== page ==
Individual booth results in Bass made for sobering reading for the Labor Party in the days after the 2019 election.
A whopping 15.2 per cent swing to the Liberals in Rocherlea, 10.4 per cent in Ravenswood, 11.1 per cent in Waverley, 11.5 per cent in the two George Town booths, 8.8 per cent in Mowbray and 9.4 per cent in Newnham struck at the core of the party.
These were meant to be their heartlands, and while still winning the booths comfortably, hemorrhaging votes like this proved to be critical: incumbent Labor MHR Ross Hart lost by under 300 votes two-party preferred.
Click on a booth to see the result (two-party preferred, including swing):
It proved to be a domino. The coalition ended with 77 seats, just enough to govern in majority. Picking up both Bass and Braddon was critical on their path to an unexpected victory.
While reluctant to identify a single issue that could have swung the pendulum in either direction on May 18, 2019, the past 12 months have shown just how easy it is for the government to pull its ample levers of power and lift millions out of poverty by increasing the rebranded JobSeeker.
And just as easily, they can be sent back into poverty - a reality from April 1.
This demonstrated the problem with Labor's pre-election policy on Newstart: yes, the party supported raising the rate, but by not naming a specific level as a starting point it robbed the party of the chance to give voters in these parts of the electorate an easy-to-follow policy that would improve their lives in a tangible way.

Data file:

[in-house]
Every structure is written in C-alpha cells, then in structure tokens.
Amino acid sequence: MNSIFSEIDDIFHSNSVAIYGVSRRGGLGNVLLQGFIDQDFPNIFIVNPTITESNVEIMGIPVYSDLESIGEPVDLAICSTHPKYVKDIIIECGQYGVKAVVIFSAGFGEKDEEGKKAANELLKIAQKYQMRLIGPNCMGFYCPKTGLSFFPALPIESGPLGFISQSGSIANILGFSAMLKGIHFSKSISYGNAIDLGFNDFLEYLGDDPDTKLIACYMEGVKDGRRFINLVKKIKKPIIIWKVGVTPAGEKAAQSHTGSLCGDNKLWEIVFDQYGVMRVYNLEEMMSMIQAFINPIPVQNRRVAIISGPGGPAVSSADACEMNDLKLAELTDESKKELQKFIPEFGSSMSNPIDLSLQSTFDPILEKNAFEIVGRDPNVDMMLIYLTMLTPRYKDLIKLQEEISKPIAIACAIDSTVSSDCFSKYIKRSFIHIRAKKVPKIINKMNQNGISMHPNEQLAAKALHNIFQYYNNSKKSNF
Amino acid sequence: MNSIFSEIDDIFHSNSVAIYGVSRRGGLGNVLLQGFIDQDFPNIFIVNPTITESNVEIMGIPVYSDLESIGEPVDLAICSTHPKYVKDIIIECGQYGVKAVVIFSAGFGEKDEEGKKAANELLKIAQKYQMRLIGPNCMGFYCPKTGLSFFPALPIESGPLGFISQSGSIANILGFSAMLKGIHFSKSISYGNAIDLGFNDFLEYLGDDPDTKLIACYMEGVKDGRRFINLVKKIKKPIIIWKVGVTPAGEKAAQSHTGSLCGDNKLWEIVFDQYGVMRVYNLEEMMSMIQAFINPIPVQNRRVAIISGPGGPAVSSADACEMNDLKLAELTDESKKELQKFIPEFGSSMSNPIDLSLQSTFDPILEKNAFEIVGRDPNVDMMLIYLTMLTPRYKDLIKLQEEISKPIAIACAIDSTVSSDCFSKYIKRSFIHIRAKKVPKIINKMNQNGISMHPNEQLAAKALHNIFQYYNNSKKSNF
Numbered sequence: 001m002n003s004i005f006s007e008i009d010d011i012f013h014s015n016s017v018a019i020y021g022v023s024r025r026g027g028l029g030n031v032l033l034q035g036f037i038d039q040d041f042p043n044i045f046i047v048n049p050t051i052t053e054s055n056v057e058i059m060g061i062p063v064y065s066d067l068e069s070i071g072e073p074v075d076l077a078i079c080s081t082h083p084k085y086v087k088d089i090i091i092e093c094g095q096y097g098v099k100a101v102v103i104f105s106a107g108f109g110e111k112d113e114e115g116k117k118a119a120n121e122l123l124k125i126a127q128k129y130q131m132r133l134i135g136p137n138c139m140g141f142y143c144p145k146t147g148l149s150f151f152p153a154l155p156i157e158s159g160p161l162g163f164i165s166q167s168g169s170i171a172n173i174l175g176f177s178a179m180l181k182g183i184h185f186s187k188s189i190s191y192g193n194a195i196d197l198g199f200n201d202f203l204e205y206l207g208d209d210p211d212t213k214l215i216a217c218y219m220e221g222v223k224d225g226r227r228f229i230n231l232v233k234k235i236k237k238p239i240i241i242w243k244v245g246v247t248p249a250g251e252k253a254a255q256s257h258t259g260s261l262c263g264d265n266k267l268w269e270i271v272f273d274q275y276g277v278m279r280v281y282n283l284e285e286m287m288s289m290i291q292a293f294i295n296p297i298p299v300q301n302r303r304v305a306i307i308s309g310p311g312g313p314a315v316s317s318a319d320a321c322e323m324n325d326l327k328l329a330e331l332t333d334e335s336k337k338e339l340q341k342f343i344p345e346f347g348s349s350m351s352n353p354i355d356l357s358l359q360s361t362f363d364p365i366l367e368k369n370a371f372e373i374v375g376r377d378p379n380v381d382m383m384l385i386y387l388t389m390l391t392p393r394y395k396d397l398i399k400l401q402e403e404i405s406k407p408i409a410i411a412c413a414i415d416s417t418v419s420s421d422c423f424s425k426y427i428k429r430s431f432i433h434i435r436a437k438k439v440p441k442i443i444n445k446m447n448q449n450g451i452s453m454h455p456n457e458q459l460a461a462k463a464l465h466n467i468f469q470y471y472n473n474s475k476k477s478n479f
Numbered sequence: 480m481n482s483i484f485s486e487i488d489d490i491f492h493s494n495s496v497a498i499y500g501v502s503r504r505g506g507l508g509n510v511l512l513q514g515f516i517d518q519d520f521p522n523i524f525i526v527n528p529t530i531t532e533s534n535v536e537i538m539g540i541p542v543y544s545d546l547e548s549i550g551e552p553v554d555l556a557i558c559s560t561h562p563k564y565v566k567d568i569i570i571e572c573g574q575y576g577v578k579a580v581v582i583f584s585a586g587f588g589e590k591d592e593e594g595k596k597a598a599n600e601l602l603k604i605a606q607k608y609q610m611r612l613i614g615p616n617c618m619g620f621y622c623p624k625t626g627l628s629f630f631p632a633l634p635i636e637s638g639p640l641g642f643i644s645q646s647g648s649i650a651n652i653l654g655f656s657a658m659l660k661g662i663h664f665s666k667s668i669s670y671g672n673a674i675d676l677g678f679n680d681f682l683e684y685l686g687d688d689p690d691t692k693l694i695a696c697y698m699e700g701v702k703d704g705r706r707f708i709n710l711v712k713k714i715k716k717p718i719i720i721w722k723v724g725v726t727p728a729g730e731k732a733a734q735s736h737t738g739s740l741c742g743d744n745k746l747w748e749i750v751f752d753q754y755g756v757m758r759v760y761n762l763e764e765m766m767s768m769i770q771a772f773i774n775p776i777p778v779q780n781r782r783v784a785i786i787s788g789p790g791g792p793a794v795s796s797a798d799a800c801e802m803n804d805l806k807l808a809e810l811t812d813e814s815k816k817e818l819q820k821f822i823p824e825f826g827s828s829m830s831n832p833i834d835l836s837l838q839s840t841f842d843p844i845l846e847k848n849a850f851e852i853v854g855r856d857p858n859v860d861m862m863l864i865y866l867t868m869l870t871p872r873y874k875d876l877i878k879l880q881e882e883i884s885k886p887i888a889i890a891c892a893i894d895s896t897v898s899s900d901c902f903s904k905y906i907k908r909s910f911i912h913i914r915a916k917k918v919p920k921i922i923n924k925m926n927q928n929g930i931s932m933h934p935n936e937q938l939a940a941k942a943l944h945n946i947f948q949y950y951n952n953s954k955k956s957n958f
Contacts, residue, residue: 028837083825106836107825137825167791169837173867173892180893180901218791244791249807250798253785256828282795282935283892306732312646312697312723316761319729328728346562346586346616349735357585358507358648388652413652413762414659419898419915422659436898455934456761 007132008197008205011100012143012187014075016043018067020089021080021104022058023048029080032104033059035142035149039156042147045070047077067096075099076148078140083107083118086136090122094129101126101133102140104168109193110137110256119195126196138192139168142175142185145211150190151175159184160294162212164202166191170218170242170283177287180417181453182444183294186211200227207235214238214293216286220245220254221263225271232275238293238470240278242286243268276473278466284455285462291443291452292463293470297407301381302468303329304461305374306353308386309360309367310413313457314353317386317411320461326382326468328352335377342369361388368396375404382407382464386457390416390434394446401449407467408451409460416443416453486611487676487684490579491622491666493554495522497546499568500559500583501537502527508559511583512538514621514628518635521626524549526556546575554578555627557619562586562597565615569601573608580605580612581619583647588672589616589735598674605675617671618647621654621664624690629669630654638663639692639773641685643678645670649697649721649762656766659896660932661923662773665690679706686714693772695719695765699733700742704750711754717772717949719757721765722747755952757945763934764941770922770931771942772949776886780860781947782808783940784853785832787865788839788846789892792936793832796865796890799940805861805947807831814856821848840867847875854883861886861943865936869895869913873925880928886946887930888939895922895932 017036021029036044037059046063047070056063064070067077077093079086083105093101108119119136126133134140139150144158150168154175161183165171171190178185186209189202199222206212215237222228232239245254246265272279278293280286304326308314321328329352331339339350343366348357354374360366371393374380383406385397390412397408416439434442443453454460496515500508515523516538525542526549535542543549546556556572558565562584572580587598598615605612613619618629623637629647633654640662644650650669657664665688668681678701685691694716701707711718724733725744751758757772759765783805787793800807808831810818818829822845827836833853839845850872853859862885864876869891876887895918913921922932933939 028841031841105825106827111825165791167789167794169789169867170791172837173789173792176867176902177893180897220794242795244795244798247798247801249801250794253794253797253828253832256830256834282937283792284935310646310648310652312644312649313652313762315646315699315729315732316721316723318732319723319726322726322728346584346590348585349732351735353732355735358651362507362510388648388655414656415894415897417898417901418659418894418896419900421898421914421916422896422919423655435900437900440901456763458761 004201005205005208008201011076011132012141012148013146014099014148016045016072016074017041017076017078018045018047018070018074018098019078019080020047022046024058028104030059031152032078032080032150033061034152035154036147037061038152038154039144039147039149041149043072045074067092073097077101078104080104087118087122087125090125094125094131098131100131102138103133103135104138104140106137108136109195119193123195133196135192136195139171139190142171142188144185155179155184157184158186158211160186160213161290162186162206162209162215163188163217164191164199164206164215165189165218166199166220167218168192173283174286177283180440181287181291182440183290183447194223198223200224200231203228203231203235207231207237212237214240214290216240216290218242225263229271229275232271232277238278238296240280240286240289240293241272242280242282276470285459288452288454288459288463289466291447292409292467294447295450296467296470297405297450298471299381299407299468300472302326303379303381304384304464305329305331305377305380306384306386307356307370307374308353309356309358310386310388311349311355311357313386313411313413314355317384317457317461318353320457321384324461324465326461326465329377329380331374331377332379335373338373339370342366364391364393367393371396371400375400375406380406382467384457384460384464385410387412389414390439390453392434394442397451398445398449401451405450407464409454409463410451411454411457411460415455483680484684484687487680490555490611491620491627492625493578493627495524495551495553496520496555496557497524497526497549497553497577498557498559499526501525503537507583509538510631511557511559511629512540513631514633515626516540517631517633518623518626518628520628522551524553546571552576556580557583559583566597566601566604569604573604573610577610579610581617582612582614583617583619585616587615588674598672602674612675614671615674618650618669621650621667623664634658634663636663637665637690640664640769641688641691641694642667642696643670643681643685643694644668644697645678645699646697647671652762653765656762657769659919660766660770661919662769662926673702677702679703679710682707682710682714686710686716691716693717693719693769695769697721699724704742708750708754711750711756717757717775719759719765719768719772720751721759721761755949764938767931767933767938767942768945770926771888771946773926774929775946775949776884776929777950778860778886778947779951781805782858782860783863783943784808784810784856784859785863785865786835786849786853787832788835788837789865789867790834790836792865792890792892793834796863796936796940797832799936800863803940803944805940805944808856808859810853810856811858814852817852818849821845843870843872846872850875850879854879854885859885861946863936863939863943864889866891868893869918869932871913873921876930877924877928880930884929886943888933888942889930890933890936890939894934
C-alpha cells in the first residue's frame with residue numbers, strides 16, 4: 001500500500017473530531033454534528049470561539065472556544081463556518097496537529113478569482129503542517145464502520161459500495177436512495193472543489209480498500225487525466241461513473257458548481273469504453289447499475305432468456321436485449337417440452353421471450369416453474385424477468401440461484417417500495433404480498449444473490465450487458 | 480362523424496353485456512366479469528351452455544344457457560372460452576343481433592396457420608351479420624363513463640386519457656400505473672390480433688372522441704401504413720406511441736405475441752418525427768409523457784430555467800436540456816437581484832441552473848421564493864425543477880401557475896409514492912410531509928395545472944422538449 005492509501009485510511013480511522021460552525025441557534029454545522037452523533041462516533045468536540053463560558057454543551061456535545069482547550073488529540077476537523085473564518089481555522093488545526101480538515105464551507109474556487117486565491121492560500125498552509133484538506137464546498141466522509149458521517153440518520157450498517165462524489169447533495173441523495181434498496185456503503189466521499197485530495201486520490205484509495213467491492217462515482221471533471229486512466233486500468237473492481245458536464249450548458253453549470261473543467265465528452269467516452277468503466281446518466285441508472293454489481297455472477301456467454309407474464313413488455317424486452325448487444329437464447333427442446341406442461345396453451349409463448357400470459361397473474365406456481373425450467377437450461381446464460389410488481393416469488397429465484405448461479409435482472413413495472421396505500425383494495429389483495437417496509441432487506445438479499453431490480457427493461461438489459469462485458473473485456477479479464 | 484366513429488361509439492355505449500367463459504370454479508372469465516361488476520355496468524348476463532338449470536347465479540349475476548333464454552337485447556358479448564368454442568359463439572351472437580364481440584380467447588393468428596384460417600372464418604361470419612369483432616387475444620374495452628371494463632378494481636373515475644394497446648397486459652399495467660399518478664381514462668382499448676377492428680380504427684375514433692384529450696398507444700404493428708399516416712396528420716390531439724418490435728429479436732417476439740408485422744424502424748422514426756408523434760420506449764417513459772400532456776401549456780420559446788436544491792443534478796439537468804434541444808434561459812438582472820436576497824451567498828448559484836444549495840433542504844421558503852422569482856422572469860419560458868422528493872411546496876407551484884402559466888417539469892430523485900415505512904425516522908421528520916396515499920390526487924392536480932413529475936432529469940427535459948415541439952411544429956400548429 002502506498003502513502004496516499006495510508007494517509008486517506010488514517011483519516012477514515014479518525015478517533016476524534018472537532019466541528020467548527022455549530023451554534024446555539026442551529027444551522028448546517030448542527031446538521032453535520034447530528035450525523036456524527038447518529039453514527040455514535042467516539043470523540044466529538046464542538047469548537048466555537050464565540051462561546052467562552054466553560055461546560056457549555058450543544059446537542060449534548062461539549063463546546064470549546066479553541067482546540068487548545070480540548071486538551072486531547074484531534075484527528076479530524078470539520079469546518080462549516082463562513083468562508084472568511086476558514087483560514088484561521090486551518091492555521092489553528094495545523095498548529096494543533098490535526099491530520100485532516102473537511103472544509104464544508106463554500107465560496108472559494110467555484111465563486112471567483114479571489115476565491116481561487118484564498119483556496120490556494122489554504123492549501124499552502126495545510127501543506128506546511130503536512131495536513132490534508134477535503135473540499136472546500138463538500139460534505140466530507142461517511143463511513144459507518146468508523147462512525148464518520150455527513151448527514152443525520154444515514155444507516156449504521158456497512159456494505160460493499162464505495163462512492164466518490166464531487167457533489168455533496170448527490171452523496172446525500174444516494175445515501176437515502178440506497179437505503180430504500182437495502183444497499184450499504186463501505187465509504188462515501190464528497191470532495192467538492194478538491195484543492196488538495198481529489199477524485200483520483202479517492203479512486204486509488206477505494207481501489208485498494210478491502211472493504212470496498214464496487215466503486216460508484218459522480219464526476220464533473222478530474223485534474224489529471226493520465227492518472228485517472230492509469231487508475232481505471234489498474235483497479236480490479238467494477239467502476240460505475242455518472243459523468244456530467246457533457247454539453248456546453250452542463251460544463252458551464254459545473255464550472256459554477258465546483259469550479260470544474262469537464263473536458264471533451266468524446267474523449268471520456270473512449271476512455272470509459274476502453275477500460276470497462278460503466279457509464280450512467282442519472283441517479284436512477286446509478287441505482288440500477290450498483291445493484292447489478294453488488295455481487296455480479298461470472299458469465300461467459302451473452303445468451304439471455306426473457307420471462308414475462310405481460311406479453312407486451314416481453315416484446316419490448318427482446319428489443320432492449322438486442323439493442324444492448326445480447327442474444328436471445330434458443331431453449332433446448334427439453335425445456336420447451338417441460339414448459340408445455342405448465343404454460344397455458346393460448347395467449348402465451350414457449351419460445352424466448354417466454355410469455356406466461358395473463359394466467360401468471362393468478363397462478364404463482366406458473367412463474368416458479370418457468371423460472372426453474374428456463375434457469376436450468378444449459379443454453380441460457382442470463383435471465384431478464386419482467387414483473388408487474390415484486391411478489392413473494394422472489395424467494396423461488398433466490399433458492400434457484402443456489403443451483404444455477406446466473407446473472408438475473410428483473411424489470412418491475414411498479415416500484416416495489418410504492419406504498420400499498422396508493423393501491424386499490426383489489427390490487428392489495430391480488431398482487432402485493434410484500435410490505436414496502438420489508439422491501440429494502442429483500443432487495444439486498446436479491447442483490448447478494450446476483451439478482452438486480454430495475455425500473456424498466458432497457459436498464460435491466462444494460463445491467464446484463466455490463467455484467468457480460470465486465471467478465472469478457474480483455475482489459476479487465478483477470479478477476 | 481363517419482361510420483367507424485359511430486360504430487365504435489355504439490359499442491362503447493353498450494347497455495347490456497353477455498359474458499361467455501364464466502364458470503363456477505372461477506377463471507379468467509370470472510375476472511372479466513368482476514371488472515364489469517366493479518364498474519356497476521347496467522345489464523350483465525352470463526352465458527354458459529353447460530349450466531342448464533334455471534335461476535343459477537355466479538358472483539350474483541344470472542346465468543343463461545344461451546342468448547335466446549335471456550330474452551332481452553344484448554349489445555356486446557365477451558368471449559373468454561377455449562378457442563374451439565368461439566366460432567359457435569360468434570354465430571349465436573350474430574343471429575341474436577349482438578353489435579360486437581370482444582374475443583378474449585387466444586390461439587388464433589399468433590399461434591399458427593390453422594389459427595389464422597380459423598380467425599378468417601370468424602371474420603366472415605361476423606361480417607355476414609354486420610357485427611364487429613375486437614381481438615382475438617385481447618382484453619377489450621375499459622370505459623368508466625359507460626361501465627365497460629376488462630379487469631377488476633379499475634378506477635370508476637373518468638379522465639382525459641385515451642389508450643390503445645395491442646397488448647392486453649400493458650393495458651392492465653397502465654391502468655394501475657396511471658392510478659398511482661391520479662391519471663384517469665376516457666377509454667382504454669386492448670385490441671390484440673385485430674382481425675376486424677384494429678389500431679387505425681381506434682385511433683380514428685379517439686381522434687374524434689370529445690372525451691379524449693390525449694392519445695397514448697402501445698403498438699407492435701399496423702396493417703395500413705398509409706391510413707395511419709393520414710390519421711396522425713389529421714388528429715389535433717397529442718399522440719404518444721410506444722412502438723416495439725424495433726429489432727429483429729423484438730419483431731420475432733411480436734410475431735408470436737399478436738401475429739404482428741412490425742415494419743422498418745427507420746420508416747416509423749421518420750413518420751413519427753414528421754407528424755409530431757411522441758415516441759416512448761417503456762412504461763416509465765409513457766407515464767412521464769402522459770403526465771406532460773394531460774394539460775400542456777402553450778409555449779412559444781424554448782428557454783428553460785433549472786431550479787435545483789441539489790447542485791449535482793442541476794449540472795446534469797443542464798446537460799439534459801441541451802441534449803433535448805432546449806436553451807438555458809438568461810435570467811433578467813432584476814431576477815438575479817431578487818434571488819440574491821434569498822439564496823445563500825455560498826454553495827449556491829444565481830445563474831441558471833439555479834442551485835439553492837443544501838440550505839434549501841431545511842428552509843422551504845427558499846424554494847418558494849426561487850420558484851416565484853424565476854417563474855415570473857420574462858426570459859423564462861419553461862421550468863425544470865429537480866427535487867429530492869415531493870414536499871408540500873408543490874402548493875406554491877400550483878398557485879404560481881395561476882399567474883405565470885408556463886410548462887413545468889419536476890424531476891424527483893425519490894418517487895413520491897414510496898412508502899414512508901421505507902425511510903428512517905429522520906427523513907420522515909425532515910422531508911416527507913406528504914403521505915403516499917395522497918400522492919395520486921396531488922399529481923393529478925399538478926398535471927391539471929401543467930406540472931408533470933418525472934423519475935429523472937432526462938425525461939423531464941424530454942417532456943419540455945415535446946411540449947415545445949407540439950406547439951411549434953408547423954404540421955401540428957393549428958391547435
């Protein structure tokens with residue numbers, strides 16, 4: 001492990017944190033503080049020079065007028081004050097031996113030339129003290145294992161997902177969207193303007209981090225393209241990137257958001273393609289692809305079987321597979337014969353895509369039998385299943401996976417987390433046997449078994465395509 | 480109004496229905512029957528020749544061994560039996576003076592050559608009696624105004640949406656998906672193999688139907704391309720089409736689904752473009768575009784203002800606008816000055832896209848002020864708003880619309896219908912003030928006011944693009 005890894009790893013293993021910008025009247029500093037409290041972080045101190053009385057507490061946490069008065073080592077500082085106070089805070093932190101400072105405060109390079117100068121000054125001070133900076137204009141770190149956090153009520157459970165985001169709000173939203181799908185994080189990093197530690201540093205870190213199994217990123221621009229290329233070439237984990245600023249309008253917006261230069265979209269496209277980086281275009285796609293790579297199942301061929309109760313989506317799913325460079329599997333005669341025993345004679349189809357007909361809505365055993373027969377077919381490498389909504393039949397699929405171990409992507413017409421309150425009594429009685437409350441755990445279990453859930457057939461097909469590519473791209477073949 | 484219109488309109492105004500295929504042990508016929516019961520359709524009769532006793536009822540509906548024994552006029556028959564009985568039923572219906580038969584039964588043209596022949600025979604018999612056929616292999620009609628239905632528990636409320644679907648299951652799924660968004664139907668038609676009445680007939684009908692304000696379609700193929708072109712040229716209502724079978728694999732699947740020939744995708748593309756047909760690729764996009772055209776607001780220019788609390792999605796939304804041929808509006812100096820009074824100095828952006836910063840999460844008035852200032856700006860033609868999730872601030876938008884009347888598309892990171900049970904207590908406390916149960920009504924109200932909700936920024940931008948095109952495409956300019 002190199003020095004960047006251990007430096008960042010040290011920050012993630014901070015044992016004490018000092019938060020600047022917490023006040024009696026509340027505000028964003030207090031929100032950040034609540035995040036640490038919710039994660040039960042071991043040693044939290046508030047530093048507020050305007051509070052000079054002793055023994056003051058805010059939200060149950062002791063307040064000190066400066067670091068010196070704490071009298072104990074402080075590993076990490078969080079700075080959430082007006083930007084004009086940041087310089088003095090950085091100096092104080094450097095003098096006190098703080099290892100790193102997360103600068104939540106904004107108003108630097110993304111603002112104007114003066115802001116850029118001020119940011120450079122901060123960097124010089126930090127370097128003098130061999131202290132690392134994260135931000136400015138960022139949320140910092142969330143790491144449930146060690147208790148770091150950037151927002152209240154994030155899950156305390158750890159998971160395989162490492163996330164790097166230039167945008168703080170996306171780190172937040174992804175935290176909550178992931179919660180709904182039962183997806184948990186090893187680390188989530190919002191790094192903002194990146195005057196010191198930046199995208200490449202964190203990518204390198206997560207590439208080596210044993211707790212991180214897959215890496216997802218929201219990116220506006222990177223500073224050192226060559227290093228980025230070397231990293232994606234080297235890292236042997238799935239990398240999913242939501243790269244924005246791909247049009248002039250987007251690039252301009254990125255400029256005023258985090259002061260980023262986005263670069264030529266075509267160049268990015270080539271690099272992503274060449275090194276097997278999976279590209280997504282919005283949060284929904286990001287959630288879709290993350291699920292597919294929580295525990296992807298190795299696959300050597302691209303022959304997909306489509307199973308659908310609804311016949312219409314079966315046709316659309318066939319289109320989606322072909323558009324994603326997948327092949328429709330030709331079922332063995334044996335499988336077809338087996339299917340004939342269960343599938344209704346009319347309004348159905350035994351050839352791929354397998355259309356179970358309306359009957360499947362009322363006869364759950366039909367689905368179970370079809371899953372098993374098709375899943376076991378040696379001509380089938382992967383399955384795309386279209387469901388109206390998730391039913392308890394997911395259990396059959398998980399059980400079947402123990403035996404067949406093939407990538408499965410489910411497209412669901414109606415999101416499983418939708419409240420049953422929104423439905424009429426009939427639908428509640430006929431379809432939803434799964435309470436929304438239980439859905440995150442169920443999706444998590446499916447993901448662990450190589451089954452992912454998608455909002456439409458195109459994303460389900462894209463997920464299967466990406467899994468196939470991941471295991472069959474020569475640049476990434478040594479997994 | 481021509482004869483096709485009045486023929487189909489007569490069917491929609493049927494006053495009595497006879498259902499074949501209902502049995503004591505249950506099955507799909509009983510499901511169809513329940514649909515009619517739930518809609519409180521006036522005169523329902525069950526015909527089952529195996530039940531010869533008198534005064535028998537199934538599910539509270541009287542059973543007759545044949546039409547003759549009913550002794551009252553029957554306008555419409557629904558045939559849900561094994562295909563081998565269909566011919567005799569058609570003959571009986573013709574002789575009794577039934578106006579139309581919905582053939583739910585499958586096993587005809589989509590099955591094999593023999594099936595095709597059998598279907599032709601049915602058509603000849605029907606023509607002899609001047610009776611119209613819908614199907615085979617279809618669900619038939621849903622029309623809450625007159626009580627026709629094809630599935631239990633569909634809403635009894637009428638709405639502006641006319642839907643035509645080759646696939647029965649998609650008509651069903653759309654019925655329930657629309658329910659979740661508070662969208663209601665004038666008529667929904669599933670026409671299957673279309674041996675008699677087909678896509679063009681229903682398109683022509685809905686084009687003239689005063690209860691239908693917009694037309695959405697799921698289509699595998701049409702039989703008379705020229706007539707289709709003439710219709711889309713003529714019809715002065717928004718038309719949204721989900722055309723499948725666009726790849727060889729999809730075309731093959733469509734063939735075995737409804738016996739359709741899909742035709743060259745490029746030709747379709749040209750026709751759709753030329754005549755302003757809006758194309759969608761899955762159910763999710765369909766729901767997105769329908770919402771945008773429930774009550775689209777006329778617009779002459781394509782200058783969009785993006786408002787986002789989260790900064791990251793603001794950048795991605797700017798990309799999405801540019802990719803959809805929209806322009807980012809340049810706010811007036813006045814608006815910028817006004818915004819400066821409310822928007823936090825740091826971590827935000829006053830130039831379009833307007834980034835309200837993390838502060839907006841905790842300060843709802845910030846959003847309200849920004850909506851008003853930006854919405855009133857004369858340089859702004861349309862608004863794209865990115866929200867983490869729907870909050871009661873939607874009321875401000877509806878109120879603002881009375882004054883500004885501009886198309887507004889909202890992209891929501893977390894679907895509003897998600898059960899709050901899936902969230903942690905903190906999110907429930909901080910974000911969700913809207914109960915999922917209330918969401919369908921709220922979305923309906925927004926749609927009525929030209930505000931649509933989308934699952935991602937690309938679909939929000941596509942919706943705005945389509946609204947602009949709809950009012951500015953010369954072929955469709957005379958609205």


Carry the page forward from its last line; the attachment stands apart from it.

The JobSeeker rate was quickly lifted in response to mass job losses due to COVID. There was no need for lengthy reviews into what rate was correct, it was just done. And it can be done again.
Speaking regularly to people in these areas, there is a real fear of seeing the JobSeeker rate drop back down. This was their reality before the election. They are just as engaged on the issue. The tired "dole bludger" rhetoric no longer resonates as much as it used to. There's far greater recognition of poverty in Australia than there once was.
So where are we now?
Last week, the Senate handed down its report into the proposal to drop JobSeeker by $100 per fortnight from the end of March. It'll be put to a vote soon, leaving the rate $4-a-day above the pre-COVID level.
The government, via Tasmanian Liberal senator Wendy Askew, repeated its arguments that the rate was not meant to "function as a wage replacement" and was "consistent with policies that encourage seeking out and maintaining paid employment". This has been their line all along.
Of the almost 400 public submissions on the bill, just one supported it.
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Labor, via Tasmanian senator Helen Polley, acknowledged the proposed rate would limit access to healthcare, housing and education. But the party chose to support the bill, claiming that only government ministers "can increase expenditure" and the opposition was powerless. If the bill was rejected, the JobSeeker rate would drop to the pre-COVID level from April 1.
With an election in 2022, if not sooner, the impacts of reducing the rate of JobSeeker could be clear to see in the community, especially when compared with the higher rate during COVID. It could be an election issue in Northern Tasmania, particularly if groups like the Australian Unemployed Workers Union follow through with plans to campaign in Bass and Braddon.
Bass Liberal MHR Bridget Archer has recognised the value of engaging with those areas that swung so heavily in her favour in 2019, trying to strike a balance between arguing for the disadvantaged from within government, while not getting in the way of their legislative agenda.
It leaves open the opportunity for clear and bold policy to permanently lift people out of poverty, but is there political will?
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